Ginger's Backlist Picks
The Jane Austen Book Club

The Jane Austen Book Club

I loved this when I read it, but it didn't get terribly great reviews (although as we all know, good reviews aren't always an indicator of a great reading experience). But I felt vindicated when author Karen Joy Fowler won the PEN award for a later work and everyone came rushing back to read this "chick lit" with heft. Why this would be great for book clubs: Come on, book club is in the title! But ok ok, the real reason this would be great for discussion is the various men and women in the story are all at such different places in their life—young and old, married and single, new to Jane Austen and life-long lovers of her works. There's bound to be a character everyone relates to, and that can make for a great starting point in any book club discussion--what makes a character tick, why they made the choices they did, where they mirror the classic Austen characters, and so on. Plus, there's a movie, so you can make it a two-parter book club night! More info →
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Machines Like Me

Machines Like Me

I'm on record as saying I'll read anything Ian McEwan writes. His stories are always thought-provoking and haunting. None more so than Machines Like Me. First of all, that cover. Second, you never quite know what's real and what's not with McEwan's narrators. The ambiguity always makes for a page-turner, and when one turns that final page, I always find myself wanting to start back at the beginning and read again to see what I missed. Why this would be great for book clubs: Talk about artificial intelligence. Need I say more? More info →
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With the Fire on High

With the Fire on High

I binge read everything Acevedo has written last year (seemingly with the rest of the world), but this is my favorite of hers. Good luck reading this and not being hungry the whole time, but the good news is those would make for great book club snacks. How Acevedo packed this much depth into a book that's this much fun, I'll never know. Why this would be great for book clubs: so much to talk about... teen pregnancy, the college vs. trade debate, intergenerational relationships, class and travel. More info →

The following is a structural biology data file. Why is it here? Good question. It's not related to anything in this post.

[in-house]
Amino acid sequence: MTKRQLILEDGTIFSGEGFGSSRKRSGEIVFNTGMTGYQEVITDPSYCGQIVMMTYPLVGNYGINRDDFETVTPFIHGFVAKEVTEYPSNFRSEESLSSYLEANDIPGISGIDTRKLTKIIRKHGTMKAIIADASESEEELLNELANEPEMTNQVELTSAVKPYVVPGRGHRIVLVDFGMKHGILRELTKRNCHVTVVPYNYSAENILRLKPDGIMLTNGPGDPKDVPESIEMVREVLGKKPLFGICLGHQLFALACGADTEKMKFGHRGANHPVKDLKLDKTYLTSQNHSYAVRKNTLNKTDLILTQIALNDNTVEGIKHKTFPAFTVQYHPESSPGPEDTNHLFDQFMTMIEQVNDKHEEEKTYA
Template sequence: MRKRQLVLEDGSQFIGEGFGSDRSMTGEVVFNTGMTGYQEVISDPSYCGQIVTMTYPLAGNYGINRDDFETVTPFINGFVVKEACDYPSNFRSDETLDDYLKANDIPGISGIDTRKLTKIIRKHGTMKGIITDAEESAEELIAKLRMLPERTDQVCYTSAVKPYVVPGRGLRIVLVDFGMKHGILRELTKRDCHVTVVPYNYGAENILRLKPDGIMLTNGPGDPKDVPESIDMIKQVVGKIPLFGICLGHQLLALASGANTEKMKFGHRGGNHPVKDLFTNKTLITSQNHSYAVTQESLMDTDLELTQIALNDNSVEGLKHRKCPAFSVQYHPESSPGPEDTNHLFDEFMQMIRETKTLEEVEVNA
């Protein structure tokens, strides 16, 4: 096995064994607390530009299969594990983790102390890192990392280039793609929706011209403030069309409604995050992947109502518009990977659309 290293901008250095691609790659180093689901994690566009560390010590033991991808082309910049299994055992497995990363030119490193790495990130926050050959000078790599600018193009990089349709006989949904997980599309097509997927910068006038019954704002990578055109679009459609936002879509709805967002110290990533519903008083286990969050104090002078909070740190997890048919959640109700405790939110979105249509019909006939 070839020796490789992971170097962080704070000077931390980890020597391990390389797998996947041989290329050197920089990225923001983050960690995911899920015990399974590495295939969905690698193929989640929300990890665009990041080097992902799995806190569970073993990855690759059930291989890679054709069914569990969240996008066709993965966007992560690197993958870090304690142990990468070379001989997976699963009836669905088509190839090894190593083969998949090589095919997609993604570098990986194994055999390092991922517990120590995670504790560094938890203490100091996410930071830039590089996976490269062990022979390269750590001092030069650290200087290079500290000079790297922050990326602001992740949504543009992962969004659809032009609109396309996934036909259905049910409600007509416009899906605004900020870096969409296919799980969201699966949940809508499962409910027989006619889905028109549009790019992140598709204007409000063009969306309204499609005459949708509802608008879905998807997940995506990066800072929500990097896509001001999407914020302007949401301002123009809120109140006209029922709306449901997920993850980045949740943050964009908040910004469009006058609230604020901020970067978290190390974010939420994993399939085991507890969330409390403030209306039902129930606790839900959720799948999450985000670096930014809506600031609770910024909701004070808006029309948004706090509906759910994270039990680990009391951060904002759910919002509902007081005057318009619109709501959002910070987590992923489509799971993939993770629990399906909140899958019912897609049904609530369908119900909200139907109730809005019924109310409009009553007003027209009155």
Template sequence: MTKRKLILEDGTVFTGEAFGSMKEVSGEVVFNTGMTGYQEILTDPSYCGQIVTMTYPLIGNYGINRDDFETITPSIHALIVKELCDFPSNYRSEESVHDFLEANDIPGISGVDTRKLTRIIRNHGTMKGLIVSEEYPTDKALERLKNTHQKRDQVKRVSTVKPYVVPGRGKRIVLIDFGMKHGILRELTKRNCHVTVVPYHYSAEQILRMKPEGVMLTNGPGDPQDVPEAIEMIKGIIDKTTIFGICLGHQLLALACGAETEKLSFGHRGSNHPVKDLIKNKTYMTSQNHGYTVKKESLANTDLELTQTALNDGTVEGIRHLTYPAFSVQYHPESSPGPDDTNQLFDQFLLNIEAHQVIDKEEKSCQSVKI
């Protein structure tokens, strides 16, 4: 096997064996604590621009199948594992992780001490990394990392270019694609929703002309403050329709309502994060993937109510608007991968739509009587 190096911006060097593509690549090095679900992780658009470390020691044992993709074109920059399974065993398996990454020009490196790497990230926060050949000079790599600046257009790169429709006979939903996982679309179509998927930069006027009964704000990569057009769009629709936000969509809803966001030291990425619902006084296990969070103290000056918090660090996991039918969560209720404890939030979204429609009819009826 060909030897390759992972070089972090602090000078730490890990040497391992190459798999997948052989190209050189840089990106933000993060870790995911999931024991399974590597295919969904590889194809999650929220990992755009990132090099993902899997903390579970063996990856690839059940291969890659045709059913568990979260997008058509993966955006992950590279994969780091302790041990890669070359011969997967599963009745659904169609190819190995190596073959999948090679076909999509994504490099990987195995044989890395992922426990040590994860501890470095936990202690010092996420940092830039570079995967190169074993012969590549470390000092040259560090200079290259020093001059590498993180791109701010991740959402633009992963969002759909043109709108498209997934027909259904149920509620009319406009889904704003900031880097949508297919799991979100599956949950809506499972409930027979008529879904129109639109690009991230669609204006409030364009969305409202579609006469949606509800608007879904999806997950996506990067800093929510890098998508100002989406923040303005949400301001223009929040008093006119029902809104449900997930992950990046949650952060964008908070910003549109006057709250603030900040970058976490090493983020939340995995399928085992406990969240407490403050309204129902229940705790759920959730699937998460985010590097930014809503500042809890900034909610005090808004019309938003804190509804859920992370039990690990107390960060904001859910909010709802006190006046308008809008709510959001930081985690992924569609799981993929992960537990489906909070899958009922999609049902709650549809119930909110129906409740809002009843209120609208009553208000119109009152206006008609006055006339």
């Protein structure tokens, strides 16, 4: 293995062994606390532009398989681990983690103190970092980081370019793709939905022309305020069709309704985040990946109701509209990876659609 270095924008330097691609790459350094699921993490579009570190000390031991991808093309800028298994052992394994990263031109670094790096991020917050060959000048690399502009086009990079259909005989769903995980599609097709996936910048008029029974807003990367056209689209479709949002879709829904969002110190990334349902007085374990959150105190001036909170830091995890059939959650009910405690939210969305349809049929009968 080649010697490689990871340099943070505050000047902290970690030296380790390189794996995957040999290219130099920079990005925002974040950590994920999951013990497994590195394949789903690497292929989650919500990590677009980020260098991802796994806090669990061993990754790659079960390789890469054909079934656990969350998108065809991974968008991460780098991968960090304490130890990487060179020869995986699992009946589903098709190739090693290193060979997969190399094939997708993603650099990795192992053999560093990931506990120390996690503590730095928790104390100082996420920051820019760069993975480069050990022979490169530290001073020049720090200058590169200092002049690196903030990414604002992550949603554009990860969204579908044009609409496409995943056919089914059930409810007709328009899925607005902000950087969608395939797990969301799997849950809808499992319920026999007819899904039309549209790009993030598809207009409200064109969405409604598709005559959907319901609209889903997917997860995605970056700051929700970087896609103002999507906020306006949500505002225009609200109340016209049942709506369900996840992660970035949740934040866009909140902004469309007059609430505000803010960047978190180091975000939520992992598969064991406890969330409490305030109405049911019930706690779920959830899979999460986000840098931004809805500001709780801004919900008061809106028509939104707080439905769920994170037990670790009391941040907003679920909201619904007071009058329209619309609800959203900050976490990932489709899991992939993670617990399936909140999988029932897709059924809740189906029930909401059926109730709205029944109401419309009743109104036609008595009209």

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The Fire Next Time

The Fire Next Time

While reading this, I kept having to check and recheck myself to make sure this really was published in the 1960s. It's tragically timely. I read this in May, right around the gut-wrenching death of George Floyd and was utterly stopped in my tracks to read this line: "It demands great spiritual resilience not to hate the hater whose foot is on your neck...” This book is slim, but don't let its length fool you. Its heft comes when you find yourself still thinking of it days and months later. Why this would be great for book clubs: If your book club isn't one to shy away from hard discussions, there's plenty to talk about here. First published in 1963, there is so much to break down about concerning what progress has been made when it comes to civil rights, and sadly, how much is still the same. More info →
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